At the heart of bioprocess control is the ability to monitor important process variables such as biomass concentration [43]. The lack of reliable on-line sensors, which can accurately detect the important state variables, is one of the major challenges of controlling bioprocess accurately, automatically and optimally in biochemical industries [2,7,14,85]. Softsensors (also called software sensors) have been considered as alternative approaches to this problem [10,40,72,73,74,86]. In this chapter, RNNs with both activation feedback and output feedback connections are used for on-line biomass prediction of fed-batch baker's yeast fermentation. The information that is required by the softsensor involves the concentration of DO, feed flow rate and the reaction volume.

Softsensors work in a manner of cause and effect, the inherent biologic relation between measured and unmeasured states could affect the prediction accuracy significantly. DO, pH values, concentrations of carbon dioxide and ethanol are the most commonly selected process variables, which can be readily measured on-line in a research laboratory using standard sensors. Among them, DO concentration, which reflects the fundamental level of energy trans-duction in bioreaction, is intricately linked to cellular metabolism. It changes about 10 times faster than the cell mass and substrate concentrations during the reaction course. Some researchers showed that controlling DO at or above

L. Z. Chen et al.: Modelling and Optimization of Biotechnological Processes, Studies in Computational Intelligence (SCI) 15, 41-56 (2006) © Springer-Verlag Berlin Heidelberg 2006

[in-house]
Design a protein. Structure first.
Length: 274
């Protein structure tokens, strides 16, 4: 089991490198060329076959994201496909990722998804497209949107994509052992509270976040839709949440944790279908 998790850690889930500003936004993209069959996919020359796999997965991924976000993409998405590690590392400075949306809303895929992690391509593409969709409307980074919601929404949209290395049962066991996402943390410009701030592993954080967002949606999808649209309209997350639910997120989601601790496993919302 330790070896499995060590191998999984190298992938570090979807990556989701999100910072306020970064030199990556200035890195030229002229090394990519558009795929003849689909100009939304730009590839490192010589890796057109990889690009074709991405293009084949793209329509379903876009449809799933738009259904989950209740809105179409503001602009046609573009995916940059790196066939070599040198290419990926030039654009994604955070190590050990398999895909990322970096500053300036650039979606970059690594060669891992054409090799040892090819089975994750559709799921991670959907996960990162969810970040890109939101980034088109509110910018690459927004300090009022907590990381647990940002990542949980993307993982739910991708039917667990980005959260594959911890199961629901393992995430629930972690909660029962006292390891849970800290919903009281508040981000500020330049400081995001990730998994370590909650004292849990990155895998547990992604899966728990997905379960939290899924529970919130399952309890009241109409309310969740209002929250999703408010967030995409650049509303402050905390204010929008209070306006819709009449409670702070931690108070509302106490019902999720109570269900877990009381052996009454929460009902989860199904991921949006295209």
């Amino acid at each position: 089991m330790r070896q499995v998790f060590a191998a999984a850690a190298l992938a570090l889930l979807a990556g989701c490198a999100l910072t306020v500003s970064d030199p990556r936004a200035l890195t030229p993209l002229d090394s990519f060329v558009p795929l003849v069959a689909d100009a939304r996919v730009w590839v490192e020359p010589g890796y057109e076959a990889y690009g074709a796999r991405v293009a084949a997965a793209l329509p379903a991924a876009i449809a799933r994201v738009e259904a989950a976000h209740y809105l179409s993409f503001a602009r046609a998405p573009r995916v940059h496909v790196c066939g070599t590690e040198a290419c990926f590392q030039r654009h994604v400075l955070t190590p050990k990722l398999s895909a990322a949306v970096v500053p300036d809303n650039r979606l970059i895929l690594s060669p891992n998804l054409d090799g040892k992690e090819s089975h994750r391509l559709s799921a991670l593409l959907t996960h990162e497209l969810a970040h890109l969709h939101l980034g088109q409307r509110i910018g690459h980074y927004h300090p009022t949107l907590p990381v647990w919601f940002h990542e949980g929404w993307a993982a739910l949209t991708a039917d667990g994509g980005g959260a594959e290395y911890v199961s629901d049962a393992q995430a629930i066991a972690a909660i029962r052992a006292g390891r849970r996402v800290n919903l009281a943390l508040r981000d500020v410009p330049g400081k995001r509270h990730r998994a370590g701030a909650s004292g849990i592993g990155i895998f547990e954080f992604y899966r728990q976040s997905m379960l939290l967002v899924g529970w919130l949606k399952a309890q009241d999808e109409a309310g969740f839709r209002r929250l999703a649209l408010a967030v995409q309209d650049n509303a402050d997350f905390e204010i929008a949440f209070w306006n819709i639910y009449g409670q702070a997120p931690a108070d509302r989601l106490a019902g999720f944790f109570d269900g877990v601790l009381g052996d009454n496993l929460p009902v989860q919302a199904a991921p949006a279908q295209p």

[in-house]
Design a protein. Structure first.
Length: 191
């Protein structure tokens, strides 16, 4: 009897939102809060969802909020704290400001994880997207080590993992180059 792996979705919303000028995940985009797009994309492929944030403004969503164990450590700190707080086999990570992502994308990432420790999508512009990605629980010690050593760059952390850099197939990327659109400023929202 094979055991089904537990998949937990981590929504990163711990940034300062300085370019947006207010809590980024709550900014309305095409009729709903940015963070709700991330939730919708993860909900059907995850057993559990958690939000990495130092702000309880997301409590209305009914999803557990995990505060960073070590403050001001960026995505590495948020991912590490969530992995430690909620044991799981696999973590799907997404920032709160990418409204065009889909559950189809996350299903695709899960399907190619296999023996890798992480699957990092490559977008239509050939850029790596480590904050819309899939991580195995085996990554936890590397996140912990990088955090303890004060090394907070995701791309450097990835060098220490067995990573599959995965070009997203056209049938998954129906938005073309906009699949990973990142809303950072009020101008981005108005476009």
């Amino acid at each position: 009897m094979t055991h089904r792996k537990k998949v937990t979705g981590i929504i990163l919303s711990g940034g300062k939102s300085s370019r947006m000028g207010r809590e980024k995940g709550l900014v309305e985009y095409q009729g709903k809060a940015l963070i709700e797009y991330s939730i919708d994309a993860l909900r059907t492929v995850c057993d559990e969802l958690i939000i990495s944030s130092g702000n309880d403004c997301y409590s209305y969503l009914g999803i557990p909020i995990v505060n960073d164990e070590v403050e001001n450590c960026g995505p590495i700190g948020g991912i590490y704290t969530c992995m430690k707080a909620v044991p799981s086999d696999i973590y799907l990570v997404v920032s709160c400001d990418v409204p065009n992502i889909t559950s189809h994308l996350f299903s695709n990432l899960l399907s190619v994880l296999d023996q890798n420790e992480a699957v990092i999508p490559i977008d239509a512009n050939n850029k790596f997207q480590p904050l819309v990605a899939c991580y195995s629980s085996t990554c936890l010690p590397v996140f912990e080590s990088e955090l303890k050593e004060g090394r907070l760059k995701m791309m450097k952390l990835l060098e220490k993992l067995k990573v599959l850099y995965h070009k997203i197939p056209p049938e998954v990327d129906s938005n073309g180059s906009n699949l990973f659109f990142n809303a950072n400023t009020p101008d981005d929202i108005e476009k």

a critical value could enhance the performance of the bioreactor [87,88]. Nor et al. studied the on-line application of DO concentration [89]. They estimated the specific growth rate of fed-batch culture of Kluyveromyces fragilis based on the measurement of the maximum substrate uptake rate (MSUR) and online DO concentration using mass balance equations. The main assumptions made were that the specific growth rate and the cell yield remained constant during each feeding interval and that the culture was carbon-source limited. The information of on-line DO concentration was also employed to detect the acetate formation in Escherichia coli cultures [90]. Acetate accumulation in fed-batch cultivations is detrimental to the recombinant protein production. On-line detection of acetate enables the development of feedback control strategies for substrate feeding that avoids acetate accumulation, thus increasing the production of recombinant protein. Therefore, there is no doubt that DO dynamics are strongly related to the environmental conditions, and thus an appropriate process variable for on-line inferential estimation of biomass concentration.

The main features of the proposed on-line softsensor are: i) only the DO concentration, feed rate and volume are required to be measured; ii) RNNs are used for predicting the biomass concentration; iii) Neither a priori information, nor a moving window technique is necessary.

The layout of the remainder of the chapter is as follows: in Section 4.2, the recurrent neural softsensor structure is given and the simulation studies are described; in Section 4.3, the experimental investigation is detailed and the results are discussed; conclusions are drawn in Section 4.4.

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